By allowing Assad to approve the organizations responsible for delivering the humanitarian aid, the United Nations awarded contracts worth tens of millions of dollars to people in President Assad’s inner circle, including those who were subject to US and EU sanctions. Needless to say, the aid has not reached the people who have needed it the most.

Del Ponte is correct to blame the Security Council, but in 2016 the UN World Health Organization (WHO) hired Shukria Mekdad as a consultant to study and assist with the mental health effects of refugees and internally displaced peoples (IDPs) in Syria. Mekdad has little expertise in mental health. Rather, her most relevant qualification is being the wife of Syria’s deputy foreign minister Faisal Mekdad, thus undermining the WHO’s important effort.

Del Ponte is correct to blame the Security Council, but UN Special Envoy Staffan de Mistura has allowed Russia to draft Syria’s constitution rather than garnering input from Syrians. De Mistura also ignored the devastating missing persons issue that affects Syrians from throughout the country following Russian pressure.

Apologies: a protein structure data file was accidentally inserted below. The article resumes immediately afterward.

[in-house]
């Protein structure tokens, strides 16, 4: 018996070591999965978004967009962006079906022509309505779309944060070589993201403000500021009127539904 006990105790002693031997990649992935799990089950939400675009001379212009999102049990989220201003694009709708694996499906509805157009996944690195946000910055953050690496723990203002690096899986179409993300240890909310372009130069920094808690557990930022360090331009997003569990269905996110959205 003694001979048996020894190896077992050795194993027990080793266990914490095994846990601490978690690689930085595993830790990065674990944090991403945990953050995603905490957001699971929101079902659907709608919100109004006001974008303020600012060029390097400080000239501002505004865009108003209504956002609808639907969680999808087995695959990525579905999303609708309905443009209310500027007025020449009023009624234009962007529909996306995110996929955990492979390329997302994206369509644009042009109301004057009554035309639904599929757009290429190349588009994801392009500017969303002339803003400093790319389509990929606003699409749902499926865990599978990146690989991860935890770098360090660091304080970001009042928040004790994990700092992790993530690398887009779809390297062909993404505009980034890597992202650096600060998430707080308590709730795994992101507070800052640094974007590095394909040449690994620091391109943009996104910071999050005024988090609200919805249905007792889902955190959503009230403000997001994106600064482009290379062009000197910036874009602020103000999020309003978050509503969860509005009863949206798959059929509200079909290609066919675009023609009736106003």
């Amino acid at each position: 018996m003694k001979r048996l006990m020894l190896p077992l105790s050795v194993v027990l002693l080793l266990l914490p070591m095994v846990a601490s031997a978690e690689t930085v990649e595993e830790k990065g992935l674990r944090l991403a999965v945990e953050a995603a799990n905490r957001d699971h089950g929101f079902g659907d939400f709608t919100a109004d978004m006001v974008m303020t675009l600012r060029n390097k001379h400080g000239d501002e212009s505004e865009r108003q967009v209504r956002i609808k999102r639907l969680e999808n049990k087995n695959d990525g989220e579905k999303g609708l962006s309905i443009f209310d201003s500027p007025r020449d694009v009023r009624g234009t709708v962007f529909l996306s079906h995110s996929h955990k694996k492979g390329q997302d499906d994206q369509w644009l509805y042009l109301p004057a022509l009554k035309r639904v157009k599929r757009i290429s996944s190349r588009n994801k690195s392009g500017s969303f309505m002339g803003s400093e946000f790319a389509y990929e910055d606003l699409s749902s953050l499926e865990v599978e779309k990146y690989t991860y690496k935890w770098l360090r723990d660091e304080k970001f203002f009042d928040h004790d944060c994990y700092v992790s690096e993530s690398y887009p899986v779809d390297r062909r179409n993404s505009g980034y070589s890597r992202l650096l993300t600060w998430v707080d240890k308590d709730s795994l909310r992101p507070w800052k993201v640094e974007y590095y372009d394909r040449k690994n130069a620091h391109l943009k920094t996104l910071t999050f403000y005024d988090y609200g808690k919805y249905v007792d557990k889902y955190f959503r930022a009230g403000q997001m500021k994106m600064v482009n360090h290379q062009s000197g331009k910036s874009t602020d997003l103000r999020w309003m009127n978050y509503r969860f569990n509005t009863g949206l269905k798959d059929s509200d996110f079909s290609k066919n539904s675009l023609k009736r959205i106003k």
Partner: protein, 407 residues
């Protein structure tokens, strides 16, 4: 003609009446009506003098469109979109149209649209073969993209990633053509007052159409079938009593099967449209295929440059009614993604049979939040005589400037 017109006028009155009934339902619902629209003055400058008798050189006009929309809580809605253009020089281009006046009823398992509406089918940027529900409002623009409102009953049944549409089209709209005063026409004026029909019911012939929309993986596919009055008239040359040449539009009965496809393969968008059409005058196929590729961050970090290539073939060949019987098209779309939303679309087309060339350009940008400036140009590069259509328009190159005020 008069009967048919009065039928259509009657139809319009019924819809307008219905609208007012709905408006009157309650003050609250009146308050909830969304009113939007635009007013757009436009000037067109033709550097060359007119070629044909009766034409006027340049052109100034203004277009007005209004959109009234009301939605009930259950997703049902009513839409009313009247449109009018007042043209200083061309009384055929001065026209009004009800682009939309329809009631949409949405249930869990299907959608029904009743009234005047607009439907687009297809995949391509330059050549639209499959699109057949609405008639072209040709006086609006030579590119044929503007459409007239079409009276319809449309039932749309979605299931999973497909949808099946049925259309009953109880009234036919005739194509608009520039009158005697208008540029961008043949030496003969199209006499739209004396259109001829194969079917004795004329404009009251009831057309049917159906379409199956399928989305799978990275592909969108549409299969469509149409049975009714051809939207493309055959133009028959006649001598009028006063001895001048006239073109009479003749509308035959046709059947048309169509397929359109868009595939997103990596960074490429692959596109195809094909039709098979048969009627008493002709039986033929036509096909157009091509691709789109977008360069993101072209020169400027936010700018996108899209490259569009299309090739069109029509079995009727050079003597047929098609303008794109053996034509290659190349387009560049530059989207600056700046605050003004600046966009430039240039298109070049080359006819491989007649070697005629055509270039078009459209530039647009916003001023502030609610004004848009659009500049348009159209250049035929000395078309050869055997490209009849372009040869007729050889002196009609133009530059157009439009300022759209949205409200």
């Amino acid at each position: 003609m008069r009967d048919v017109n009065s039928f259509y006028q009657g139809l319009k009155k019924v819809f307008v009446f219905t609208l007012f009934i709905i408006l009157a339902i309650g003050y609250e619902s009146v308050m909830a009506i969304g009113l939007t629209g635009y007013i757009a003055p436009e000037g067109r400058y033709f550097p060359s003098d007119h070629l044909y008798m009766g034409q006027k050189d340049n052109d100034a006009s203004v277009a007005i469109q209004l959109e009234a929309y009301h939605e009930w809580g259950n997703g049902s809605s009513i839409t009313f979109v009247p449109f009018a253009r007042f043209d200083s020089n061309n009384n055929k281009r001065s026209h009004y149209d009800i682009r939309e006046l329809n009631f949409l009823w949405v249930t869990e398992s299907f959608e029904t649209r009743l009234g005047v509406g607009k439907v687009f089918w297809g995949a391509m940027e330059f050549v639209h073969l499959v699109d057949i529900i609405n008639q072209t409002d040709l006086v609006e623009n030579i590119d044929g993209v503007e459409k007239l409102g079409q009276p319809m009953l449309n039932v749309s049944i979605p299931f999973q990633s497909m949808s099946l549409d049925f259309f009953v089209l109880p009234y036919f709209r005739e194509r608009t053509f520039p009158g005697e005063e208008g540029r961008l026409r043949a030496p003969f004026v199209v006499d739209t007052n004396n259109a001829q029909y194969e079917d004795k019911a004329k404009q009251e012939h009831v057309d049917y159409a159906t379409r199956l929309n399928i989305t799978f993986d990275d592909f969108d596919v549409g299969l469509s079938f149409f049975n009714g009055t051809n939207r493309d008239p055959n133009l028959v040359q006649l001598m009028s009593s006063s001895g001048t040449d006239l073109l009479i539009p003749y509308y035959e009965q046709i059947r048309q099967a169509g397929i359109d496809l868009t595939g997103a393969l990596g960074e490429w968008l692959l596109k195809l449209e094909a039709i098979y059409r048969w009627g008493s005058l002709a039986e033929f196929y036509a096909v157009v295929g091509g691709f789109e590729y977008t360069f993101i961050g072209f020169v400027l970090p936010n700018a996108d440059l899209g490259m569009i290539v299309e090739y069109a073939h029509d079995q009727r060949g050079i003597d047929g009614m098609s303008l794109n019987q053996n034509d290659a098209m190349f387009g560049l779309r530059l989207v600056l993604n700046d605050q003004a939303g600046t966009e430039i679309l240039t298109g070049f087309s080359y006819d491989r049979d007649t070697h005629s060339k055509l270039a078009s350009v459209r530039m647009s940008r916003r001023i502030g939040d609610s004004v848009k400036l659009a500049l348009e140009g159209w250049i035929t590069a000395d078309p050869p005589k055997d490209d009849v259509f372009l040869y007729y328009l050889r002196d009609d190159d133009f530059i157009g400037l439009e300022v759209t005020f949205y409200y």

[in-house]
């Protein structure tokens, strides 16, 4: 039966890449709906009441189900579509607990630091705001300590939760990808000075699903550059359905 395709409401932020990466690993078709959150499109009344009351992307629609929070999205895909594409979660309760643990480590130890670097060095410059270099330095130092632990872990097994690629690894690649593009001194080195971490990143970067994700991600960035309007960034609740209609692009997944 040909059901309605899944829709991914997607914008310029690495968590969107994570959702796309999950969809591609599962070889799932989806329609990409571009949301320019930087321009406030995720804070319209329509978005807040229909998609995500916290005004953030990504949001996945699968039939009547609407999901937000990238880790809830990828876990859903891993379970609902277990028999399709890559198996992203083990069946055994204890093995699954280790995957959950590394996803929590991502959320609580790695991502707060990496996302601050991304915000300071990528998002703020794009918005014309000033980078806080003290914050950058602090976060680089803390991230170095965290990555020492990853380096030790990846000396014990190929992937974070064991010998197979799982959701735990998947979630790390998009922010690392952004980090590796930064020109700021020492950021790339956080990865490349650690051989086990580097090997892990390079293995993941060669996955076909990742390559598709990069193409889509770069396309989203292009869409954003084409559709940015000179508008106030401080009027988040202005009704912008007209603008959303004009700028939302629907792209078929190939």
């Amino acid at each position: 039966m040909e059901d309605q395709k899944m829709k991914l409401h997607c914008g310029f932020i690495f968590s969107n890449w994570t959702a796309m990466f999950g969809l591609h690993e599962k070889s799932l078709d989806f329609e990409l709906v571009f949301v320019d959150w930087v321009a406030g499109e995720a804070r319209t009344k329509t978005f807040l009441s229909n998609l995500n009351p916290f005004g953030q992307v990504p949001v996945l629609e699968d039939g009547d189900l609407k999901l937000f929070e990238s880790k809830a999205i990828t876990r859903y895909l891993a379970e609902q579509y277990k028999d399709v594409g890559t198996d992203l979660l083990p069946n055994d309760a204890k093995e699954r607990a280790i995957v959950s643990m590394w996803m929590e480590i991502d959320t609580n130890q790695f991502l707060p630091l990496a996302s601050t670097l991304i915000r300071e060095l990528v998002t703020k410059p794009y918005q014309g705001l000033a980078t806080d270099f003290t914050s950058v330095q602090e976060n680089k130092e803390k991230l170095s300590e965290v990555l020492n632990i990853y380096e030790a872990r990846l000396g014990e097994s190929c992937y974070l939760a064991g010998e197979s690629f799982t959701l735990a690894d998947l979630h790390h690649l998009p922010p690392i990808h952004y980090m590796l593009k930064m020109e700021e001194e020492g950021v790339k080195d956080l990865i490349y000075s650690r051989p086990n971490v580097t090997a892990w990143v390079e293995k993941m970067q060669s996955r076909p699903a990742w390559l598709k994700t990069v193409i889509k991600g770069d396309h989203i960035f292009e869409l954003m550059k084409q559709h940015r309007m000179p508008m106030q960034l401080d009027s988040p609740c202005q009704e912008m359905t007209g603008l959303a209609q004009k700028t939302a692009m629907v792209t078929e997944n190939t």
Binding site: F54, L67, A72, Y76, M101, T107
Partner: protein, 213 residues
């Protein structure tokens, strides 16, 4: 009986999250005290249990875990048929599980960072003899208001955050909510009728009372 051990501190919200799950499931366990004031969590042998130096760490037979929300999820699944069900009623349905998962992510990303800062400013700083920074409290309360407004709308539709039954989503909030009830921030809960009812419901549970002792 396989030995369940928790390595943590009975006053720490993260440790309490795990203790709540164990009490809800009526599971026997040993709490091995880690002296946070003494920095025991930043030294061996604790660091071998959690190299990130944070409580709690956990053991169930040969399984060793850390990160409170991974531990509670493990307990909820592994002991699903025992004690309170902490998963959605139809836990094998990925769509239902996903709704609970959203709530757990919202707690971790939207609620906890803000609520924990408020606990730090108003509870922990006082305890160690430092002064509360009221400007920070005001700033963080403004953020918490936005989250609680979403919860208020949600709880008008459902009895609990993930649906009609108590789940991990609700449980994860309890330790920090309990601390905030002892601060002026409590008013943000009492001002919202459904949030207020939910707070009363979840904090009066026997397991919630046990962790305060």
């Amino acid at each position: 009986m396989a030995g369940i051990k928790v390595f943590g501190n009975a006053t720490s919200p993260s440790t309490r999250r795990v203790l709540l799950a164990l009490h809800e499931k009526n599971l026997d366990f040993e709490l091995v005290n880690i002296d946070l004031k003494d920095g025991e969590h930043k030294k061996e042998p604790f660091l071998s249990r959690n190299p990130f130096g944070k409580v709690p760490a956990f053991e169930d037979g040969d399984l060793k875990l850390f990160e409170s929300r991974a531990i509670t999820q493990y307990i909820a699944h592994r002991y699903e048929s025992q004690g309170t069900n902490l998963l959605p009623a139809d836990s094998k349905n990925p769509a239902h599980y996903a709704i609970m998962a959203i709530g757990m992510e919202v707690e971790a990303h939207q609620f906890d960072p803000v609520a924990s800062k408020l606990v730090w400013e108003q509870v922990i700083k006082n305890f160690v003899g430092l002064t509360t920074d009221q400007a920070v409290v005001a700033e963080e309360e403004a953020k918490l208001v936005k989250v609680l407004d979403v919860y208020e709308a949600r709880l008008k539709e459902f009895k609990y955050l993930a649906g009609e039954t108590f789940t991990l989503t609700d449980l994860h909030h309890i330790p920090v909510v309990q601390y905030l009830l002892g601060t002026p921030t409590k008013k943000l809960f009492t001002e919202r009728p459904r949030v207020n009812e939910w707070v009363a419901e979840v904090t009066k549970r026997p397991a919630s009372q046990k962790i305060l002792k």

Del Ponte is correct to blame the UN Security Council, but the COI itself has contributed to its own share of damage to Syrians. From the beginning, the COI failed to contextualize the situation in Syria and understand the initial uprising as a part of a regional wave of demands for dignity, change, and freedom.

Failing to contextualize the uprising led the COI to address Syria as simply another conflict. It used the UN’s traditional approach, including letters to the Syrian government requesting cooperation with the investigation and keeping a list of names of culpable Syrian officials in a sealed envelope in trust of the UN High Commissioner for Human Rights with the hopes that the mere threat of the envelope would deter Assad’s behavior.